Former Mass Gov. Mike Dukakis: Driving Is For Turkeys

The former Democratic presidential candidate deserves a revival for his ideas on making transportation sustainable.

Mike Dukakis. Photo:
Mike Dukakis. Photo:

Mike Dukakis feels the same way about government neglect of public transit as he does about the pile of turkey carcasses his neighbors leave him every Thanksgiving — he’s had more than enough of it.

The former Massachusetts governor and onetime Democratic presidential nominee said the recipe for a well-functioning transportation system is more rail investment and fewer freeways.

“The answer is clear in my judgment: Don’t spend any more money on highways,” Dukakis told the Boston Globe last week. “I’ve been fighting highways since the 1960s. This city would have been paved over if we let these guys do what they wanted to do. And by the time I left office, we had the best public transportation system in the country.”

He also implored neighbors to stop dropping the bone-and-flesh remnants of their Thanksgiving meals at his doorstep after the holiday — an act that became a local tradition after Dukakis was quoted in the Globe in 2015 lecturing his neighbors to make turkey soup with the excess parts instead of tossing them in the trash.

“They should use the carcass,” Dukakis said at the time, which he now regrets. “And if they don’t want to, tell them to come to 85 Perry Street in Brookline. We’ll make full use of it, believe me.”

If only his home state would listen to him on matters beyond poultry. Massachusetts Gov. Charlie Baker has argued the state’s $18-billion transportation plan adequately addresses the state’s needs even though advocates say the Massachusetts Bay Transportation Authority alone needs $50 billion for a serious infrastructure upgrade. Baker wants to allocate $10.1 billion for state highway construction and financing new bridges, $490 million to help towns fund road improvement projects, and only $5.7 billion for the MBTA to buy new buses, extend the Green Line, and enhance commuter rail lines.

The governor has shrugged off a Boston Globe Spotlight report on the region’s unbearable traffic problems, which found Boston-area employers incentivize driving and that implementing congestion pricing on the Mass Pike could help ease vehicle flow on rush hour. He also dismissed calls to ride mass transit more often.

“I talk to people all the time who ride the public transit system. I’m not a virtue signaler,” he told WGBH. “My job is to try to make the thing better, and given what we inherited on that thing, I’ll put our record up against any of our predecessors.”

His record hasn’t been great, but neither has his predecessors who have contributed to decades of underfunding and benign neglect.

With Boston’s severe congestion reaching a crisis point, Dukakis is urging Baker to connect the North and South stations through an underground rail link — his top infrastructure campaign — and install leaders who are capable of running a complex public organization to transform the MBTA.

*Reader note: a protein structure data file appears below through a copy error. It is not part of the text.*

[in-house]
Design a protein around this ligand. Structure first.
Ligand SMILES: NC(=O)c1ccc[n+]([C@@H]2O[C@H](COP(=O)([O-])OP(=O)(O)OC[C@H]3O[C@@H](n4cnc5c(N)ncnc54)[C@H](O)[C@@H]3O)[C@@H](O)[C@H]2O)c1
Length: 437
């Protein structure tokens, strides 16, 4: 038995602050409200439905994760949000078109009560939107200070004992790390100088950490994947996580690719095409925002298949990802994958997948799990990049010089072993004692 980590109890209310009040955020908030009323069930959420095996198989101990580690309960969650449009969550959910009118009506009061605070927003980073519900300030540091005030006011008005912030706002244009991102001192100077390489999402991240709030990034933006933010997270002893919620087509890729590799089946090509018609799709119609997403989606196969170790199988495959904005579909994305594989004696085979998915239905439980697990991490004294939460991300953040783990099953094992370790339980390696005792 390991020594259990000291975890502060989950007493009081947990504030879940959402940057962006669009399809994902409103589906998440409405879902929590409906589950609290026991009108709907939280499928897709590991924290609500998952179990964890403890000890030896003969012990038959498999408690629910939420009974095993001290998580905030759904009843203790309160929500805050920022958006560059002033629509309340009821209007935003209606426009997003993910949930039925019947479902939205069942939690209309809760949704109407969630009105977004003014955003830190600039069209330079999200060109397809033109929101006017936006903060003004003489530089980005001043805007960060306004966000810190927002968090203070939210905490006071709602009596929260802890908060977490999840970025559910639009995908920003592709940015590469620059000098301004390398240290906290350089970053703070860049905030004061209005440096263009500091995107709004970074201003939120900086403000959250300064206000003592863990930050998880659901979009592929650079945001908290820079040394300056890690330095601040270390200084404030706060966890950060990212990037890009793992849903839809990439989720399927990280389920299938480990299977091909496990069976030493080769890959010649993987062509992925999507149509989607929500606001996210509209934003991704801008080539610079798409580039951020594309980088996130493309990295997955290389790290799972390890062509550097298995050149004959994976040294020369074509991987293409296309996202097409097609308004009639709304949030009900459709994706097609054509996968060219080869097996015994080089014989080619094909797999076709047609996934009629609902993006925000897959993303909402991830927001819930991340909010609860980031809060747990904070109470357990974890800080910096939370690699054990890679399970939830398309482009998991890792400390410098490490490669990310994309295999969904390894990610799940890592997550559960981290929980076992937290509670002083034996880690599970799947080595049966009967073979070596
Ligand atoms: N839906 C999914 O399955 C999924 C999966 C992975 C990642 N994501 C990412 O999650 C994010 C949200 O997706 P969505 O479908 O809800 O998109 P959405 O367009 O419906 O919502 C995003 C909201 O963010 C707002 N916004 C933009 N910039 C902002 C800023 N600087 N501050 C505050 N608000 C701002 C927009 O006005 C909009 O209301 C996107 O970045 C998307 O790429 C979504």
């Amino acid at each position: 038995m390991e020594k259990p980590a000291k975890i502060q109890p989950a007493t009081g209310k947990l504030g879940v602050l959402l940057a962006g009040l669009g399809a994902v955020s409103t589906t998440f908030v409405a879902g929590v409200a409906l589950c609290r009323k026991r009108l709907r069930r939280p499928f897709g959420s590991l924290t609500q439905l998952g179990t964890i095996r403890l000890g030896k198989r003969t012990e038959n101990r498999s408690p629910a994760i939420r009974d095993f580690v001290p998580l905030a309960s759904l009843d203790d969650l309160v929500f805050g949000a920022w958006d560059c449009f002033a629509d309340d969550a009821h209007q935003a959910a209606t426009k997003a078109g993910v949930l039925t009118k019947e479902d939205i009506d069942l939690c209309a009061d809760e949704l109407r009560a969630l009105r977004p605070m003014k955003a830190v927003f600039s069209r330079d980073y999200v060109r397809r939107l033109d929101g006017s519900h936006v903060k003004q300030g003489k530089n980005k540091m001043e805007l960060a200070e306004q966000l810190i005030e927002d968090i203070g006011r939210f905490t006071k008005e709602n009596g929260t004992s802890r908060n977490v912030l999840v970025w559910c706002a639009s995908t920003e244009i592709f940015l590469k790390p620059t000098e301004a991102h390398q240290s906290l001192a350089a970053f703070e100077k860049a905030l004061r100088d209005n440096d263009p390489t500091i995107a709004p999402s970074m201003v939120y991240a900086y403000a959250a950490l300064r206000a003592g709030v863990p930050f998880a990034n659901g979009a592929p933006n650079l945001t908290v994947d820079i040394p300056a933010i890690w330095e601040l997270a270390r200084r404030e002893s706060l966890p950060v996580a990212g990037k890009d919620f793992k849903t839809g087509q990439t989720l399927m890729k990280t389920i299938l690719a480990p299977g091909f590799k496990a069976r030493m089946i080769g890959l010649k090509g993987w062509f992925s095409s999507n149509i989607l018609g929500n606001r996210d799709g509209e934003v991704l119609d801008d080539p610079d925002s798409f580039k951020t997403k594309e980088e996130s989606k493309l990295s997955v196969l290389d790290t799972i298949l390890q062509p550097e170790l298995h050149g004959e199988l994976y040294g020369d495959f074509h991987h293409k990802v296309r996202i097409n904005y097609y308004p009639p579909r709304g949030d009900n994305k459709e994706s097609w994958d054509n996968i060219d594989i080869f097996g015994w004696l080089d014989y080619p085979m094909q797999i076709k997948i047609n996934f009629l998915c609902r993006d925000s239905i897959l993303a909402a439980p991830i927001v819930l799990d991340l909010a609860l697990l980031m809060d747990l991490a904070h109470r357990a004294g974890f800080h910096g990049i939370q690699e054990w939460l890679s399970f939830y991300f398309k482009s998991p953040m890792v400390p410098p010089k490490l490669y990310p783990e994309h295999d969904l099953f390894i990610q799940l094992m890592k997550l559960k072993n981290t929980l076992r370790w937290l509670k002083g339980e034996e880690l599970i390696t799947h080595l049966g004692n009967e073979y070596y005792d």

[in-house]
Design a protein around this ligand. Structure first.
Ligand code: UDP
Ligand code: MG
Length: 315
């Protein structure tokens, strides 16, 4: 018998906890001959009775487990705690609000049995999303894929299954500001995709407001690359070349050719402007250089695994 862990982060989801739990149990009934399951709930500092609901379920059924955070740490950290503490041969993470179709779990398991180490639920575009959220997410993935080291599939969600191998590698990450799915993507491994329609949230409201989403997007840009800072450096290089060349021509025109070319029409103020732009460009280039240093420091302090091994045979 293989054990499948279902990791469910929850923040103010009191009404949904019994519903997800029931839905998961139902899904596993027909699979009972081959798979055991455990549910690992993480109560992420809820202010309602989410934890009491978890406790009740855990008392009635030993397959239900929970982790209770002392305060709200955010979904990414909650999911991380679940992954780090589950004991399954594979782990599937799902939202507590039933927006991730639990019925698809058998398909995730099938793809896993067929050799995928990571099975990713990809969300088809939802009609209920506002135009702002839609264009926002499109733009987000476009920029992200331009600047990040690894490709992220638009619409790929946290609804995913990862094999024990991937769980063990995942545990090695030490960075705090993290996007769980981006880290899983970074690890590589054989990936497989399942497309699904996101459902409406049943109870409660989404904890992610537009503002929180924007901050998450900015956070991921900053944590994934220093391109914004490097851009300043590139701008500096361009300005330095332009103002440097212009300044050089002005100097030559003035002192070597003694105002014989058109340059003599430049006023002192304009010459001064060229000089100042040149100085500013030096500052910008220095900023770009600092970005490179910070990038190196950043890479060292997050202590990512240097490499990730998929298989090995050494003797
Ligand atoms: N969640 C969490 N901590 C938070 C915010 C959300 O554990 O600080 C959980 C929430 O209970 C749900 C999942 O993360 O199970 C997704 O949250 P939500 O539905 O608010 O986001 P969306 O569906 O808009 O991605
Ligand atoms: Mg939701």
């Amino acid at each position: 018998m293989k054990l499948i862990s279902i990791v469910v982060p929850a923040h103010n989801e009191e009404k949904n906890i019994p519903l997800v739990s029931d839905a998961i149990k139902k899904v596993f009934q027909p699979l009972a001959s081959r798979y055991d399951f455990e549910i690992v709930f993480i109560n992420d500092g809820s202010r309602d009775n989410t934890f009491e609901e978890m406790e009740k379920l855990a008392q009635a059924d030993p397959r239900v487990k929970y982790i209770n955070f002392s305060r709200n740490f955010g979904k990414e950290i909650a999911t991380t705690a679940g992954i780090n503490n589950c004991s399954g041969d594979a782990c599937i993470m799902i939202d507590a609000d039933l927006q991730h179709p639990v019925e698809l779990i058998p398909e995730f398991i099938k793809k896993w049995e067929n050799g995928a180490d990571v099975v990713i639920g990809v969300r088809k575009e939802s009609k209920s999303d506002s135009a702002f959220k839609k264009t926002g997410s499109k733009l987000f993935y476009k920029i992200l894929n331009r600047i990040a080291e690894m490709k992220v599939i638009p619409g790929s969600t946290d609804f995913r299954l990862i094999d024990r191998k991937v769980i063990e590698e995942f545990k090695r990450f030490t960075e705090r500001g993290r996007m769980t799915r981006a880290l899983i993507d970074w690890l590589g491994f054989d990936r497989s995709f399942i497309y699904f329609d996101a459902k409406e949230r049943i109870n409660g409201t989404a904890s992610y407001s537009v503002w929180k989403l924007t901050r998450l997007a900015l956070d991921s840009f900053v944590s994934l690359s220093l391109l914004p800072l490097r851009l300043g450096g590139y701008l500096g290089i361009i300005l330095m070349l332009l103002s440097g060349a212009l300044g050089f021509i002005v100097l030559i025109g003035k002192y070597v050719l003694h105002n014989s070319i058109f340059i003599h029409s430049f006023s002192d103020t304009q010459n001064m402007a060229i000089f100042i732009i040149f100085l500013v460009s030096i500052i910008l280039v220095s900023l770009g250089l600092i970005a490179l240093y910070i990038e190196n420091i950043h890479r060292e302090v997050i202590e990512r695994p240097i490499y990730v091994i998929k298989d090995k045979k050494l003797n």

“We’ve got to turn the T into a top-notch transit system and, sorry, we’ve had administration after administration not paying attention to this,” Dukakis said. “Charlie Baker is an intelligent guy. Doesn’t he understand the single most important ingredient in the quality of public services is the people you pick to run them?”

Other policies like raising tolls on highways approaching downtown Boston or charging more for commercial parking spaces could be politically unpopular, Dukakis acknowledged, which is why the state must give drivers a reason to keep their cars garaged and take trains and buses more often.

“Some people gotta drive and one of the ways you get them to support investment in public transportation is to prove to them that if you do the investment in public transportation their auto commute will be better,” he said.

The state’s leaders aren’t the only ones disappointing the former liberal lion. He thinks New England’s governors should be more focused on expanding regional rail to improve the region’s economy and give people more alternatives to travel. And the Trump administration’s lack of focus toward working with Congress on a trillion-dollar infrastructure spending bill has Dukakis ruefully admiring high-speed rail systems in Europe and Japan where transit investment is more valued.

Dukakis doesn’t need to be exerting himself by inserting himself in this debate at all. He’s 86 years old and may never see the system upgrades he’s been demanding for years. He doesn’t receive the same gravitas from the national press corps or the public the way former presidential candidates such as Bob Dole, John McCain, John Kerry, Al Gore, Mitt Romney, or Hillary Clinton did and do.

Yet Dukakis speaks regularly about the need for investment in the rail system and sits through hours-long public meetings to make his points.

“It’s inconceivable to me that we are going to deal with this congestion problem of ours without getting cracking in a hurry on a first-rate regional rail system,” Dukakis said at a MassDOT meeting a year ago.

Now that the traffic in Boston and in many other cities around the country is reaching a breaking point, perhaps it’s time we listened.


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